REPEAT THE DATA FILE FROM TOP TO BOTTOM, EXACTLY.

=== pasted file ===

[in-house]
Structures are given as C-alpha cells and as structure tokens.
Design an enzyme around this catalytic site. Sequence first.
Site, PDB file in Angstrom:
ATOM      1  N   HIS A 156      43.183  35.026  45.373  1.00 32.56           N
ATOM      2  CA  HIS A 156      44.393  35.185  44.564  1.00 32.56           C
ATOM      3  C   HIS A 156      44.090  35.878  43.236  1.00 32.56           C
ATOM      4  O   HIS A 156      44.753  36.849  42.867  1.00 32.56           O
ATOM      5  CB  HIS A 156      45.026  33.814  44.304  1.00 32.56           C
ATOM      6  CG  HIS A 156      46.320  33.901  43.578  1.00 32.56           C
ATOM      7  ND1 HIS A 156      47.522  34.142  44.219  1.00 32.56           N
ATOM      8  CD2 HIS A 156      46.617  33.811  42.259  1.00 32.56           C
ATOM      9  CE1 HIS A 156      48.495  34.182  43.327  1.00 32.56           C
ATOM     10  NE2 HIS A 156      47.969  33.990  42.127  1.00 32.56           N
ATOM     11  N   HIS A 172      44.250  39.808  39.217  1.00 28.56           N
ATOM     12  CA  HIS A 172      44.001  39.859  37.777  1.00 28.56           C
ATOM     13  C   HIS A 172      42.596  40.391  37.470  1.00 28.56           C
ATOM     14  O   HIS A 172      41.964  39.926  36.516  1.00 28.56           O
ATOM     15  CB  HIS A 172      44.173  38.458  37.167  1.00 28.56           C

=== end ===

[in-house]
Structures are given as C-alpha cells and as structure tokens.
Design an enzyme around this catalytic site. Sequence first.
Site, PDB file in Angstrom:
ATOM      1  N   HIS A 156      43.183  35.026  45.373  1.00 32.56           N
ATOM      2  CA  HIS A 156      44.393  35.185  44.564  1.00 32.56           C
ATOM      3  C   HIS A 156      44.090  35.878  43.236  1.00 32.56           C
ATOM      4  O   HIS A 156      44.753  36.849  42.867  1.00 32.56           O
ATOM      5  CB  HIS A 156      45.026  33.814  44.304  1.00 32.56           C
ATOM      6  CG  HIS A 156      46.320  33.901  43.578  1.00 32.56           C
ATOM      7  ND1 HIS A 156      47.522  34.142  44.219  1.00 32.56           N
ATOM      8  CD2 HIS A 156      46.617  33.811  42.259  1.00 32.56           C
ATOM      9  CE1 HIS A 156      48.495  34.182  43.327  1.00 32.56           C
ATOM     10  NE2 HIS A 156      47.969  33.990  42.127  1.00 32.56           N
ATOM     11  N   HIS A 172      44.250  39.808  39.217  1.00 28.56           N
ATOM     12  CA  HIS A 172      44.001  39.859  37.777  1.00 28.56           C
ATOM     13  C   HIS A 172      42.596  40.391  37.470  1.00 28.56           C
ATOM     14  O   HIS A 172      41.964  39.926  36.516  1.00 28.56           O
ATOM     15  CB  HIS A 172      44.173  38.458  37.167  1.00 28.56           C